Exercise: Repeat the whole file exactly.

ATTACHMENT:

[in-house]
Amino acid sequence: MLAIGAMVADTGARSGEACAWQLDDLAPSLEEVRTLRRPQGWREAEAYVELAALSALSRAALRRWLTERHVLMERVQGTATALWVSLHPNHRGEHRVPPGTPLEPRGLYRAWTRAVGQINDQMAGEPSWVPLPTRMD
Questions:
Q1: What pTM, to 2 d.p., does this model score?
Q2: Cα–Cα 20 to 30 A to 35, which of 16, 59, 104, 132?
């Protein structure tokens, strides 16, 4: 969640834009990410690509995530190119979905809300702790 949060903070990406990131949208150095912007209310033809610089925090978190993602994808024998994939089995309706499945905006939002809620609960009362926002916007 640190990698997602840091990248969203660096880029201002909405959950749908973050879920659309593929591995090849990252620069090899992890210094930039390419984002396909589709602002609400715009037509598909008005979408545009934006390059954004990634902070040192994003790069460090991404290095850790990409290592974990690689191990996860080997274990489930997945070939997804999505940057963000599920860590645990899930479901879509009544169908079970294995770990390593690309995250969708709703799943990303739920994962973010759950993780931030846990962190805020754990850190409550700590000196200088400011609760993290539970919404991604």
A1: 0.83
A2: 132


[in-house]
Amino acid sequence: MLAIGAMVADTGARSGEACAWQLDDLAPSLEEVRTLRRPQGWREAEAYVELAALSALSRAALRRWLTERHVLMERVQGTATALWVSLHPNHRGEHRVPPGTPLEPRGLYRAWTRAVGQINDQMAGEPSWVPLPTRMD
Questions:
Q1: What pTM, to 2 d.p., does this model score?
Q2: Cα–Cα 20 to 30 A to 35, which of 16, 59, 104, 132?
């Protein structure tokens, strides 16, 4: 969640834009990410690509995530190119979905809300702790 949060903070990406990131949208150095912007209310033809610089925090978190993602994808024998994939089995309706499945905006939002809620609960009362926002916007 640190990698997602840091990248969203660096880029201002909405959950749908973050879920659309593929591995090849990252620069090899992890210094930039390419984002396909589709602002609400715009037509598909008005979408545009934006390059954004990634902070040192994003790069460090991404290095850790990409290592974990690689191990996860080997274990489930997945070939997804999505940057963000599920860590645990899930479901879509009544169908079970294995770990390593690309995250969708709703799943990303739920994962973010759950993780931030846990962190805020754990850190409550700590000196200088400011609760993290539970919404991604």
A1: 0.83
A2: 132